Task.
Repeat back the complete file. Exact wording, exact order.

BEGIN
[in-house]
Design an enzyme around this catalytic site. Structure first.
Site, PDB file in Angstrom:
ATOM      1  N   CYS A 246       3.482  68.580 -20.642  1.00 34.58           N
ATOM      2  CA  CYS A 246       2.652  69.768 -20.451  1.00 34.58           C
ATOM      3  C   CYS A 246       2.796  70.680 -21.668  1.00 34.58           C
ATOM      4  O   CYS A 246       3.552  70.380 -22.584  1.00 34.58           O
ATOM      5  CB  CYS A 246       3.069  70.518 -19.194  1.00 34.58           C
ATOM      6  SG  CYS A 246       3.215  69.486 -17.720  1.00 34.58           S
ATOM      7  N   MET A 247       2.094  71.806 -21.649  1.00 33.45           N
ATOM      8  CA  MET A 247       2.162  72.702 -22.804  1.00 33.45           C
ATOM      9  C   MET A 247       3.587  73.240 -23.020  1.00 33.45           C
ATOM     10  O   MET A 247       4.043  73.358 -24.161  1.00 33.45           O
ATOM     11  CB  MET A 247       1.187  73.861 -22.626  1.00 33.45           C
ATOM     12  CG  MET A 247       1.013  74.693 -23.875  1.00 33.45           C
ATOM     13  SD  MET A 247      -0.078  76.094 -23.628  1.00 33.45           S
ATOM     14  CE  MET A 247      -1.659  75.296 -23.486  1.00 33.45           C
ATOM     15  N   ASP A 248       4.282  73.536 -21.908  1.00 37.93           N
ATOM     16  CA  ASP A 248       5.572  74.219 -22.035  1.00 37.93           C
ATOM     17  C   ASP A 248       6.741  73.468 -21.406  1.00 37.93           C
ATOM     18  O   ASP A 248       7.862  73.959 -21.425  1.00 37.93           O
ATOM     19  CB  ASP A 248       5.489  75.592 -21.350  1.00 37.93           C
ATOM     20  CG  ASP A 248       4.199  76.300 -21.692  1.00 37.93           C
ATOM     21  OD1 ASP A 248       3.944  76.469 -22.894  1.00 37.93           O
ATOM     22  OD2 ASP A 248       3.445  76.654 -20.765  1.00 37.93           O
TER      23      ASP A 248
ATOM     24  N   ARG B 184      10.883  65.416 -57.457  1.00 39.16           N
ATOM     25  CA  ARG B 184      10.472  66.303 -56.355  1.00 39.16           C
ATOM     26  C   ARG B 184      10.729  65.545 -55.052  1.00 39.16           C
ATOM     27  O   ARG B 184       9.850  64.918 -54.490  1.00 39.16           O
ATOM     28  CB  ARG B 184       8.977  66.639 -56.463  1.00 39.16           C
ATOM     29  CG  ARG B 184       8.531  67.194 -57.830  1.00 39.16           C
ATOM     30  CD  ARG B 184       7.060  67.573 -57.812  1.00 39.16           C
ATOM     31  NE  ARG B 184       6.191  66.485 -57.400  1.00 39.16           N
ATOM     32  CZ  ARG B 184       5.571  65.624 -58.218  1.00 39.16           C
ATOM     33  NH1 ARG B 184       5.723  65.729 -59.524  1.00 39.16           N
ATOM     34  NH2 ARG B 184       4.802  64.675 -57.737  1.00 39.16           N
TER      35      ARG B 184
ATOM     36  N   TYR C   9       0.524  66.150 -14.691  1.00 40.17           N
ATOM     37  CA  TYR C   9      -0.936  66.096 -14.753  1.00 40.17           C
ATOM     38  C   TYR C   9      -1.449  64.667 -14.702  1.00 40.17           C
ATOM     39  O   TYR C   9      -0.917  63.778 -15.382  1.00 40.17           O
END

[in-house]
Design an enzyme around this catalytic site. Structure first.
Site, PDB file in Angstrom:
ATOM      1  N   CYS A 246       3.482  68.580 -20.642  1.00 34.58           N
ATOM      2  CA  CYS A 246       2.652  69.768 -20.451  1.00 34.58           C
ATOM      3  C   CYS A 246       2.796  70.680 -21.668  1.00 34.58           C
ATOM      4  O   CYS A 246       3.552  70.380 -22.584  1.00 34.58           O
ATOM      5  CB  CYS A 246       3.069  70.518 -19.194  1.00 34.58           C
ATOM      6  SG  CYS A 246       3.215  69.486 -17.720  1.00 34.58           S
ATOM      7  N   MET A 247       2.094  71.806 -21.649  1.00 33.45           N
ATOM      8  CA  MET A 247       2.162  72.702 -22.804  1.00 33.45           C
ATOM      9  C   MET A 247       3.587  73.240 -23.020  1.00 33.45           C
ATOM     10  O   MET A 247       4.043  73.358 -24.161  1.00 33.45           O
ATOM     11  CB  MET A 247       1.187  73.861 -22.626  1.00 33.45           C
ATOM     12  CG  MET A 247       1.013  74.693 -23.875  1.00 33.45           C
ATOM     13  SD  MET A 247      -0.078  76.094 -23.628  1.00 33.45           S
ATOM     14  CE  MET A 247      -1.659  75.296 -23.486  1.00 33.45           C
ATOM     15  N   ASP A 248       4.282  73.536 -21.908  1.00 37.93           N
ATOM     16  CA  ASP A 248       5.572  74.219 -22.035  1.00 37.93           C
ATOM     17  C   ASP A 248       6.741  73.468 -21.406  1.00 37.93           C
ATOM     18  O   ASP A 248       7.862  73.959 -21.425  1.00 37.93           O
ATOM     19  CB  ASP A 248       5.489  75.592 -21.350  1.00 37.93           C
ATOM     20  CG  ASP A 248       4.199  76.300 -21.692  1.00 37.93           C
ATOM     21  OD1 ASP A 248       3.944  76.469 -22.894  1.00 37.93           O
ATOM     22  OD2 ASP A 248       3.445  76.654 -20.765  1.00 37.93           O
TER      23      ASP A 248
ATOM     24  N   ARG B 184      10.883  65.416 -57.457  1.00 39.16           N
ATOM     25  CA  ARG B 184      10.472  66.303 -56.355  1.00 39.16           C
ATOM     26  C   ARG B 184      10.729  65.545 -55.052  1.00 39.16           C
ATOM     27  O   ARG B 184       9.850  64.918 -54.490  1.00 39.16           O
ATOM     28  CB  ARG B 184       8.977  66.639 -56.463  1.00 39.16           C
ATOM     29  CG  ARG B 184       8.531  67.194 -57.830  1.00 39.16           C
ATOM     30  CD  ARG B 184       7.060  67.573 -57.812  1.00 39.16           C
ATOM     31  NE  ARG B 184       6.191  66.485 -57.400  1.00 39.16           N
ATOM     32  CZ  ARG B 184       5.571  65.624 -58.218  1.00 39.16           C
ATOM     33  NH1 ARG B 184       5.723  65.729 -59.524  1.00 39.16           N
ATOM     34  NH2 ARG B 184       4.802  64.675 -57.737  1.00 39.16           N
TER      35      ARG B 184
ATOM     36  N   TYR C   9       0.524  66.150 -14.691  1.00 40.17           N
ATOM     37  CA  TYR C   9      -0.936  66.096 -14.753  1.00 40.17           C
ATOM     38  C   TYR C   9      -1.449  64.667 -14.702  1.00 40.17           C
ATOM     39  O   TYR C   9      -0.917  63.778 -15.382  1.00 40.17           O